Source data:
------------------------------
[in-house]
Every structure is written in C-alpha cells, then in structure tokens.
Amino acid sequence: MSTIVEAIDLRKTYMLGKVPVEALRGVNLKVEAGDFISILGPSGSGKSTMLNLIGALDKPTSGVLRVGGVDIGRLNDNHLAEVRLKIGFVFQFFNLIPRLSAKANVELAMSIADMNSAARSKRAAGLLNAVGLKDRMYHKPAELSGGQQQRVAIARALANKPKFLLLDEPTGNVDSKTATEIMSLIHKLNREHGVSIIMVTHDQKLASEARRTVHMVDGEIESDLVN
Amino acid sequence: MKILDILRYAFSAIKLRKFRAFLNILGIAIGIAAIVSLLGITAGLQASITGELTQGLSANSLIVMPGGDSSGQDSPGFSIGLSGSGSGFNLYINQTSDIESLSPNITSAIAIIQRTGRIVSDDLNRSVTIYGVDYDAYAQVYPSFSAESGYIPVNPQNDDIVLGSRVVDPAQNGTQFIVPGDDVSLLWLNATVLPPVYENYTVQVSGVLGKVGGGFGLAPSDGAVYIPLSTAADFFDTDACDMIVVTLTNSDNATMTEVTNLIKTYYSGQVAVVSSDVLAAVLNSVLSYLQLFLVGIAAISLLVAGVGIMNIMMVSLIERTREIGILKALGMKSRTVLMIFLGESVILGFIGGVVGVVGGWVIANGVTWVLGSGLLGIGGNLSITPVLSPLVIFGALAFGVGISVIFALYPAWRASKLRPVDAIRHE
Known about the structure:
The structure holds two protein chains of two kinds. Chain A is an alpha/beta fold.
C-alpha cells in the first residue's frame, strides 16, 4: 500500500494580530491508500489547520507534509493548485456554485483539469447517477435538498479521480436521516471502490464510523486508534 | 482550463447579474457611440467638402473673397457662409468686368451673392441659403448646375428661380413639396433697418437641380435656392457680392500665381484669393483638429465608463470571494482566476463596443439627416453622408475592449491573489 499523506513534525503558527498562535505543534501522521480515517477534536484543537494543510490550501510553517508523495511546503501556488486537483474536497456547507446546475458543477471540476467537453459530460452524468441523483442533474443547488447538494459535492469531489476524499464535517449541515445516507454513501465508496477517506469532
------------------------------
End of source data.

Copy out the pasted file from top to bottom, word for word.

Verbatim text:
[in-house]
Every structure is written in C-alpha cells, then in structure tokens.
Amino acid sequence: MSTIVEAIDLRKTYMLGKVPVEALRGVNLKVEAGDFISILGPSGSGKSTMLNLIGALDKPTSGVLRVGGVDIGRLNDNHLAEVRLKIGFVFQFFNLIPRLSAKANVELAMSIADMNSAARSKRAAGLLNAVGLKDRMYHKPAELSGGQQQRVAIARALANKPKFLLLDEPTGNVDSKTATEIMSLIHKLNREHGVSIIMVTHDQKLASEARRTVHMVDGEIESDLVN
Amino acid sequence: MKILDILRYAFSAIKLRKFRAFLNILGIAIGIAAIVSLLGITAGLQASITGELTQGLSANSLIVMPGGDSSGQDSPGFSIGLSGSGSGFNLYINQTSDIESLSPNITSAIAIIQRTGRIVSDDLNRSVTIYGVDYDAYAQVYPSFSAESGYIPVNPQNDDIVLGSRVVDPAQNGTQFIVPGDDVSLLWLNATVLPPVYENYTVQVSGVLGKVGGGFGLAPSDGAVYIPLSTAADFFDTDACDMIVVTLTNSDNATMTEVTNLIKTYYSGQVAVVSSDVLAAVLNSVLSYLQLFLVGIAAISLLVAGVGIMNIMMVSLIERTREIGILKALGMKSRTVLMIFLGESVILGFIGGVVGVVGGWVIANGVTWVLGSGLLGIGGNLSITPVLSPLVIFGALAFGVGISVIFALYPAWRASKLRPVDAIRHE
Known about the structure:
The structure holds two protein chains of two kinds. Chain A is an alpha/beta fold.
C-alpha cells in the first residue's frame, strides 16, 4: 500500500494580530491508500489547520507534509493548485456554485483539469447517477435538498479521480436521516471502490464510523486508534 | 482550463447579474457611440467638402473673397457662409468686368451673392441659403448646375428661380413639396433697418437641380435656392457680392500665381484669393483638429465608463470571494482566476463596443439627416453622408475592449491573489 499523506513534525503558527498562535505543534501522521480515517477534536484543537494543510490550501510553517508523495511546503501556488486537483474536497456547507446546475458543477471540476467537453459530460452524468441523483442533474443547488447538494459535492469531489476524499464535517449541515445516507454513501465508496477517506469532